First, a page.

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Redefining the Role of Cytoreductive Nephrectomy in RCC

Brandon Scalea
Published: Friday, Nov 09, 2018

Peter E. Clark, MD

Peter E. Clark, MD

The addition of cytoreductive nephrectomy to sunitinib (Sutent) did not provide a survival benefit in patients with metastatic renal cell carcinoma (RCC), according to findings from the phase III CARMENA trial. The issue now, explained Peter E. Clark, MD, is how to integrate these findings into established paradigms.

Results of the study showed that the median overall survival (OS) was 18.4 months for patients who received sunitinib alone compared with 13.9 months for those who received surgery followed by sunitinib (HR, 0.89; 95% CI, 0.71-1.10).

The TKI produced similar median OS outcomes for patients with intermediate (23.4 vs 19.0 months; HR, 0.92; 95% CI, 0.68-1.24) and poor prognosis (13.3 vs 10.2 months; HR, 0.85; 95% CI, 0.62-1.17). Patients with good prognosis were not eligible for trial enrollment.

For patients with RCC, the standard of care has been cytoreductive nephrectomy followed by systemic therapy. Although the data from the phase III trial might not change the treatment approach for good-risk patients, it showed that intermediate- and poor-risk patients can be spared unnecessary surgery and the associated adverse events.

Because cytoreductive nephrectomy still plays a role in the management of some patients, the goal should be to develop an effective biomarker to determine the subset of patients who will derive the most benefit from the procedure.

In an interview at the 2018 OncLive® State of the Science Summit™ on Genitourinary Cancers, Clark, chair of urology at Levine Cancer Institute, discussed the role of surgery in the rapidly evolving treatment paradigm for patients with RCC.

OncLive: What is the current role of cytoreductive nephrectomy in RCC?

Clark: Traditionally in RCC, unlike other cancer types, surgery retains an important role in the management of the disease despite the patient having metastases. That is what we refer to as a cytoreductive nephrectomy…That paradigm was developed about 20 years ago with randomized trials using older therapeutic approaches that we do not even use anymore.

The question that has recently been brought up is, “Now that we have systemic therapy using TKIs, does that old paradigm still apply?” There was a clinical trial called CARMENA that tested the notion of whether a cytoreductive nephrectomy added value when it was added to systemic therapy involving a TKI—in this case, sunitinib. The bottom line is that CARMENA showed there really was not a difference. Frankly, this was a shock to most of us. Most of us assumed there would be at least some difference.

The issue now is how to integrate these findings into our old paradigms. How do we readjust the way we thought about cytoreductive nephrectomy in this space? The takeaway message is that it really boils down to patient selection. CARMENA tells us there is not as much advantage to surgery as there was before. You need to be particularly selective in who you choose to do this procedure with. We should not be using it freely and we should not be using it in the highest-risk patients. Do not use it in patients who have unresectable disease.

Essentially, do not push the envelope. We used to always push the envelope because we thought we were automatically prolonging survival with a nephrectomy.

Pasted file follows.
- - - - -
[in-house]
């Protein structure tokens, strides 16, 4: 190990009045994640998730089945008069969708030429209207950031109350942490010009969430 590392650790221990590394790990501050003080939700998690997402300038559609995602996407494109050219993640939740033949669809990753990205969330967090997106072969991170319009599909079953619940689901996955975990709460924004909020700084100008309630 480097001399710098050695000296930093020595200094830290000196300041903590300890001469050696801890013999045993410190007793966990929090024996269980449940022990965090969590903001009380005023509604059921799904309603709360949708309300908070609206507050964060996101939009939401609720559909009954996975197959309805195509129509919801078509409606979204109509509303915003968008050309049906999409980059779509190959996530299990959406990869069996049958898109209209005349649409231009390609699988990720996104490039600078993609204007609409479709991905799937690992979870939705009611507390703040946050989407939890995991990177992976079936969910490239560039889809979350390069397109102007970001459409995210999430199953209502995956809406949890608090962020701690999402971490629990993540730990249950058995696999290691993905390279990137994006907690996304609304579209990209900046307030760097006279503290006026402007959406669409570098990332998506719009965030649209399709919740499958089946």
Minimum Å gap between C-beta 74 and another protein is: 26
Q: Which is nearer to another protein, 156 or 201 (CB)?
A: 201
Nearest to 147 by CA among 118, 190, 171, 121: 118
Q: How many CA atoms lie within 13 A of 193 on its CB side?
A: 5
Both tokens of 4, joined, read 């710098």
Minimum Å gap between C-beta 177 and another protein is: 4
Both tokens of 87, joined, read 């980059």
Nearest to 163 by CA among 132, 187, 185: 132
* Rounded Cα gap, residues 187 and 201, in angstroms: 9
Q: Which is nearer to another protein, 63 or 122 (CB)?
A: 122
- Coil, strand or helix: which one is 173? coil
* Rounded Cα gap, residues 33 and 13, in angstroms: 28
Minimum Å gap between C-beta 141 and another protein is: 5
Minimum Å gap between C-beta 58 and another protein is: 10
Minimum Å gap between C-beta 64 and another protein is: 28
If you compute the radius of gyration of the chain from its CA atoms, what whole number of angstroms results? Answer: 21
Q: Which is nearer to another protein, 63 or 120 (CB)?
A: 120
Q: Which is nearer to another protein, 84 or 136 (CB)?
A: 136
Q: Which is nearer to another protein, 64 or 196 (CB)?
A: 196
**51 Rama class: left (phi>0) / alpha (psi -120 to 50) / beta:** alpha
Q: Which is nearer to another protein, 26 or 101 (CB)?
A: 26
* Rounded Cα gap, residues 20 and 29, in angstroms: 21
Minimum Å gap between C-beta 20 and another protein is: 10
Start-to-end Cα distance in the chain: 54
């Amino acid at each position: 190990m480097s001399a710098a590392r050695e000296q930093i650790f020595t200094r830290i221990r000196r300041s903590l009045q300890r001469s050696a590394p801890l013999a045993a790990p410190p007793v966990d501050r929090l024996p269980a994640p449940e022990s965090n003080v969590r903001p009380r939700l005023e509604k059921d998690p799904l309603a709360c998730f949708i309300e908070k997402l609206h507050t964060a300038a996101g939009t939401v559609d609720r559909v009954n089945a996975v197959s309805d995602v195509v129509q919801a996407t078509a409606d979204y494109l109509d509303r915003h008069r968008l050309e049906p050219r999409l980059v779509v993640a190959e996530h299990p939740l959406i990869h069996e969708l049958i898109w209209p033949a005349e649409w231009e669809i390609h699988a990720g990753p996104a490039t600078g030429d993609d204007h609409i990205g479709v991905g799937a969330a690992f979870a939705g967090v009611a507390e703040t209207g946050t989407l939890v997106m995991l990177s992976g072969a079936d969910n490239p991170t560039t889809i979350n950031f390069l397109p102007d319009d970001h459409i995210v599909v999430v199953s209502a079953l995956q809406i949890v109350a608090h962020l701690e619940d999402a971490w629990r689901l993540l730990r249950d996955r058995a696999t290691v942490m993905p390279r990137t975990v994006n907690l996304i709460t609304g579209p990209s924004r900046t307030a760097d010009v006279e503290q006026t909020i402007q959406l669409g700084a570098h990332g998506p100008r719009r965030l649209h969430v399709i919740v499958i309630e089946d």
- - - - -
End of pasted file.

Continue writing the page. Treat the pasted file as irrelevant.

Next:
Is there potentially a biomarker to determine which patients will most benefit from this approach?

That is the holy grail. It would be extremely useful if we could do a better job of understanding who has rapidly progressive disease and in which patients surgery will not be particularly useful. For those who have indolent disease, we can assume a nephrectomy would be useful and buy them some time. Right now, we mainly use clinical factors to try to determine the natural history of the disease. If we have a biomarker, that would be very helpful.

Often, we are making a decision for a patient when they first get diagnosed. We do not know much about the disease at this point. We also need biomarkers to try to pick which systemic therapy to use. We need a variety of different techniques.

How has the rise of TKIs changed the treatment landscape for RCC?

It has completely revolutionized the way we treat kidney cancer. In the old days, we mostly used interferons; this was kind of useless. There was another drug called high-dose interleukin-2, which in a very select group of patients would work well, but it was very toxic. We really had almost no effective treatments.

TKIs have opened the door to a slew of new therapies. We also have checkpoint inhibitors, which have really turned everything on its head. The current menu of drugs is enormous; it is remarkable. We went from basically having nothing on the menu to now having a whole new challenge, which is in sequencing.

In the RCC space, what further research is needed?

It would probably be in developing predictive biomarkers to decide which therapy to hit the tumor with first. This would have the most impact. If there is a class of drugs we do not know about yet, obviously that could add value. We have 3 broad classes right now, so if there is a fourth, that would be helpful.
Méjen A, Escudier B, Thezenas S, et al. CARMENA: cytoreductive nephrectomy followed by sunitinib versus sunitinib alone in metastatic renal cell carcinoma—results of a phase III noninferiority trial. J Clin Oncol. 2018;36(suppl; abstr LBA3).





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